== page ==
Climate change could increase instability in the Middle East, says “Climate Change: A New Threat to Middle East Security
,” a new report by Friends of the Earth Middle East (FOEME). Written in preparation for this month’s UN Climate Change Conference in Bali, the report focuses on how climate change could harm the region’s already-scarce water supply. Climate change’s likely impacts on water in the Middle East include reduced precipitation and resulting water shortages; more frequent extreme weather events, such as droughts and floods; and rising sea levels.
“Climate change is likely to act as a ‘threat multiplier’—exacerbating water scarcity and tensions over water within and between nations linked by hydrological resources, geography, and shared political boundaries. Poor and vulnerable populations, which exist in significant numbers throughout the region, will likely face the greatest risk. Water shortages and rising sea levels could lead to mass migration,” says the report.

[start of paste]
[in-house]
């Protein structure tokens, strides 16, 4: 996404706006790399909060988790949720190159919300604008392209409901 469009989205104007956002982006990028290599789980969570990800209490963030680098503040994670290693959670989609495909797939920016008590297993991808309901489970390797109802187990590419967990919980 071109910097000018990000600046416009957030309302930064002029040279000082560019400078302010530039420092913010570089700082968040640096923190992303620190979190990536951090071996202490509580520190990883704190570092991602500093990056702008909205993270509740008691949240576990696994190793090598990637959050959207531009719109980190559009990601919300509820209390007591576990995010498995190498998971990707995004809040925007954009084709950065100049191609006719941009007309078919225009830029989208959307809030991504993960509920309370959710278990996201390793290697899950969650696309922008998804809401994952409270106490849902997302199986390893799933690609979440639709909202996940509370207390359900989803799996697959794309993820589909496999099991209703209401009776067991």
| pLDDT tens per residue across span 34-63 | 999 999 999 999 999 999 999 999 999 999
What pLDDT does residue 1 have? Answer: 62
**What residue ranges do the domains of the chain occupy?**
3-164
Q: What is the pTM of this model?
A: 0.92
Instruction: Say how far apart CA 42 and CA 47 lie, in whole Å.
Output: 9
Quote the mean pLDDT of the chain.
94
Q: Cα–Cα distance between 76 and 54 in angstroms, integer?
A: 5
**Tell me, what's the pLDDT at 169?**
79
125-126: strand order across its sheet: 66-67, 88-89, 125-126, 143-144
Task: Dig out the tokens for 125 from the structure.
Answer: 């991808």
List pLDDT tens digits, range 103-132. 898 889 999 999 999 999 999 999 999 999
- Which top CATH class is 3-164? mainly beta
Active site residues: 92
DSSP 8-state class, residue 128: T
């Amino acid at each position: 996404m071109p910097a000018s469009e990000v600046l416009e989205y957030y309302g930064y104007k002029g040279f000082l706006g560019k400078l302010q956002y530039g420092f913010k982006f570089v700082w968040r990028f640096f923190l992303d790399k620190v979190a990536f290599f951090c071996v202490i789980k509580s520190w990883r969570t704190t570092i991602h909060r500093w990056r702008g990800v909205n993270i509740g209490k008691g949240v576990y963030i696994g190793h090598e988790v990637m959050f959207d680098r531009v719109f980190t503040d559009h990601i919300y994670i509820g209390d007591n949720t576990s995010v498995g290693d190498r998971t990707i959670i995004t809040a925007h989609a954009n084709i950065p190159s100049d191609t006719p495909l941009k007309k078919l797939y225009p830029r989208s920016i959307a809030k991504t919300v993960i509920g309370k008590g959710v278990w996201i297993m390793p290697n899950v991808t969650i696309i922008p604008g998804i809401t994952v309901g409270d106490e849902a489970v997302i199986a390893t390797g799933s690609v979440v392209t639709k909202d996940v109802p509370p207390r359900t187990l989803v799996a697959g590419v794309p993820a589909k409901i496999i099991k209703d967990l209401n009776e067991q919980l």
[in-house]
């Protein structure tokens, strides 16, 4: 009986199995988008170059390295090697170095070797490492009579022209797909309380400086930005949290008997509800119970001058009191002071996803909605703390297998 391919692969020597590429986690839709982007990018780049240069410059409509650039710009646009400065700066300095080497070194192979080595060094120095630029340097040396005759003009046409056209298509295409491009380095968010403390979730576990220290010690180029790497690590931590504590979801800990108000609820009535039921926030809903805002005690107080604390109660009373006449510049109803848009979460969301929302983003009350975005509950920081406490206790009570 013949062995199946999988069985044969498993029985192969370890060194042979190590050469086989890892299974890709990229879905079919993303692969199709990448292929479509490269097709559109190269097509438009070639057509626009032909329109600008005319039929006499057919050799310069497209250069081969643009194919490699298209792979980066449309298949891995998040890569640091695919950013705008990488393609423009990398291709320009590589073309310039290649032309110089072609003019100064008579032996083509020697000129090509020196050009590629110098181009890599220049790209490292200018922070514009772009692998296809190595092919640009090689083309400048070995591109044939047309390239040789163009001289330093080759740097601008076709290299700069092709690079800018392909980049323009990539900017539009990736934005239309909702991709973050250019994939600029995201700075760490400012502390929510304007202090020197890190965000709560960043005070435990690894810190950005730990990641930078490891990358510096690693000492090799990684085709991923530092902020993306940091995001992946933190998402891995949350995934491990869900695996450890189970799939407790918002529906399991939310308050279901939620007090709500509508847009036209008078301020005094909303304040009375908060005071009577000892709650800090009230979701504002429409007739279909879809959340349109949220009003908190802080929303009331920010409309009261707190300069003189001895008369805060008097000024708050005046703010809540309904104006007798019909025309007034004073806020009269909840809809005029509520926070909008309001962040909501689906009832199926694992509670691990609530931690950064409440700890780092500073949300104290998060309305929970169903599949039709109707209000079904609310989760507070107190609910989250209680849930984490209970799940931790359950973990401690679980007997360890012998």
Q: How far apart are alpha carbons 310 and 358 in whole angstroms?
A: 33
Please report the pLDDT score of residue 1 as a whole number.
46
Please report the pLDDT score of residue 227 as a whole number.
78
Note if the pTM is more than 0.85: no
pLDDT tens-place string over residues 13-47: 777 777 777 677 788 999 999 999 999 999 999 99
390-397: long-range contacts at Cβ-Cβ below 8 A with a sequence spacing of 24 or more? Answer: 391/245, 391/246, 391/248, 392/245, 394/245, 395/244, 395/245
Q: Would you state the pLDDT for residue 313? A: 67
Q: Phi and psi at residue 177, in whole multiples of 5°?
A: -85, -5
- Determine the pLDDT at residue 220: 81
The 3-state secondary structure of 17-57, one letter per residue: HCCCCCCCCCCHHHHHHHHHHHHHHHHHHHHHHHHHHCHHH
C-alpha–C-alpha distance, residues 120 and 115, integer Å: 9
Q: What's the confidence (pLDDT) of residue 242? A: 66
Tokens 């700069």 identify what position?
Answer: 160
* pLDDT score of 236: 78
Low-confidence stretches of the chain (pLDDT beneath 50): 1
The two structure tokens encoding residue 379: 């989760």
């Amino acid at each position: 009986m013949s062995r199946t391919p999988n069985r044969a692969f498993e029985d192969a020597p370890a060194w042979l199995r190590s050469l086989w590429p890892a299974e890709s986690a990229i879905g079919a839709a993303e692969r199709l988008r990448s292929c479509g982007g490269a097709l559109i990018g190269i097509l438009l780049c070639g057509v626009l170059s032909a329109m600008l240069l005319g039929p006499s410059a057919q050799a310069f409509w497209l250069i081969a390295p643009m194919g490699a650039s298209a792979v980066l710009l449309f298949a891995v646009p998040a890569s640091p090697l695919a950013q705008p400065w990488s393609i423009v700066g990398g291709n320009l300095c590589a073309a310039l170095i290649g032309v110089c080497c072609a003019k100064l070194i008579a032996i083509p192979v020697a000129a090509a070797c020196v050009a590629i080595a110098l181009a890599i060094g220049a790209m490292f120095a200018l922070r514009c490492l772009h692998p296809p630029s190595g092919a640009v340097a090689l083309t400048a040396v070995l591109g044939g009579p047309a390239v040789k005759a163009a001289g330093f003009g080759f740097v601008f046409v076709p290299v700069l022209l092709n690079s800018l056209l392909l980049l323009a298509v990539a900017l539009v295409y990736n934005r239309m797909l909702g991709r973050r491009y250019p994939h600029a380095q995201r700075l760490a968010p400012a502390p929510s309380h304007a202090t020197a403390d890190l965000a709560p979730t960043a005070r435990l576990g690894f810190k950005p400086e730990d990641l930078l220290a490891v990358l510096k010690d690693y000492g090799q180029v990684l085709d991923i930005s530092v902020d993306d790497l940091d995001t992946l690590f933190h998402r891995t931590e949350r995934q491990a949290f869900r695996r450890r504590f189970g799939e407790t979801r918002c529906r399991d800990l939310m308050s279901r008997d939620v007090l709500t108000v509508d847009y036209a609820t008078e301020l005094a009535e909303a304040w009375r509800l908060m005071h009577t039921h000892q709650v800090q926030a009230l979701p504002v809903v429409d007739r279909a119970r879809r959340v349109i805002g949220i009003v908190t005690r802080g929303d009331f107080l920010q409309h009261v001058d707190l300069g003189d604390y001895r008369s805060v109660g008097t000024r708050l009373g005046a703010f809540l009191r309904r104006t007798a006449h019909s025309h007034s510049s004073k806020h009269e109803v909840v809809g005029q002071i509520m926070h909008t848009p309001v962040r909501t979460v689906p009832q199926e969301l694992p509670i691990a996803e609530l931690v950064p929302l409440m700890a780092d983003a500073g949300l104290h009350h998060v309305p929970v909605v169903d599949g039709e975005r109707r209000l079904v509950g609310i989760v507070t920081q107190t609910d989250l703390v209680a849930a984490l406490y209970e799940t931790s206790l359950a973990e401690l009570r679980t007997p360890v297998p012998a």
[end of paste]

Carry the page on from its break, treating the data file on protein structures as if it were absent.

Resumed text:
The report identifies several factors that will influence the likelihood of water- and climate-related conflict, including: the existence and sustainability of water agreements between nations; the presence of destabilizing economic and political factors such as unemployment and large-scale migration; the extent of a country’s political and economic development; the ability of a particular country, region, or institution to mitigate and/or adapt to climate change; and the political relationships between countries.